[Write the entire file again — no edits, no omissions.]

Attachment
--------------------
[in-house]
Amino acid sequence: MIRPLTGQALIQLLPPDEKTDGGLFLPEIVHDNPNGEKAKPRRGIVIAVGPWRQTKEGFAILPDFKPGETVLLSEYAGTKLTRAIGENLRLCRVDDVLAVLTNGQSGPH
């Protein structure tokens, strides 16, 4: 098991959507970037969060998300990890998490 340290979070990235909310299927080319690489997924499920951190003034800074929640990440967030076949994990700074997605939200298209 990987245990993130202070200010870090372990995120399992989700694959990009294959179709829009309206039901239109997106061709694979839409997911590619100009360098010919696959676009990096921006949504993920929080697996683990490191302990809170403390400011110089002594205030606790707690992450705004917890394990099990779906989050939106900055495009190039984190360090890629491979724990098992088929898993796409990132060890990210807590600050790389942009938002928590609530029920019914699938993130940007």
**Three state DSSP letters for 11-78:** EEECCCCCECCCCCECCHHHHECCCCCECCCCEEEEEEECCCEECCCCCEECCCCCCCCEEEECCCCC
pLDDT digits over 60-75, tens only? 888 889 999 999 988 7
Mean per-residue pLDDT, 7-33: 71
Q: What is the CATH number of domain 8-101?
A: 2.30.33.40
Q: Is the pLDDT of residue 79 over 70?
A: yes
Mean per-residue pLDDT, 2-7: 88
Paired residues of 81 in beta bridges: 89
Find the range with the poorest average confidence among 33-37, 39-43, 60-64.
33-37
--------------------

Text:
[in-house]
Amino acid sequence: MIRPLTGQALIQLLPPDEKTDGGLFLPEIVHDNPNGEKAKPRRGIVIAVGPWRQTKEGFAILPDFKPGETVLLSEYAGTKLTRAIGENLRLCRVDDVLAVLTNGQSGPH
């Protein structure tokens, strides 16, 4: 098991959507970037969060998300990890998490 340290979070990235909310299927080319690489997924499920951190003034800074929640990440967030076949994990700074997605939200298209 990987245990993130202070200010870090372990995120399992989700694959990009294959179709829009309206039901239109997106061709694979839409997911590619100009360098010919696959676009990096921006949504993920929080697996683990490191302990809170403390400011110089002594205030606790707690992450705004917890394990099990779906989050939106900055495009190039984190360090890629491979724990098992088929898993796409990132060890990210807590600050790389942009938002928590609530029920019914699938993130940007």
**Three state DSSP letters for 11-78:** EEECCCCCECCCCCECCHHHHECCCCCECCCCEEEEEEECCCEECCCCCEECCCCCCCCEEEECCCCC
pLDDT digits over 60-75, tens only? 888 889 999 999 988 7
Mean per-residue pLDDT, 7-33: 71
Q: What is the CATH number of domain 8-101?
A: 2.30.33.40
Q: Is the pLDDT of residue 79 over 70?
A: yes
Mean per-residue pLDDT, 2-7: 88
Paired residues of 81 in beta bridges: 89
Find the range with the poorest average confidence among 33-37, 39-43, 60-64.
33-37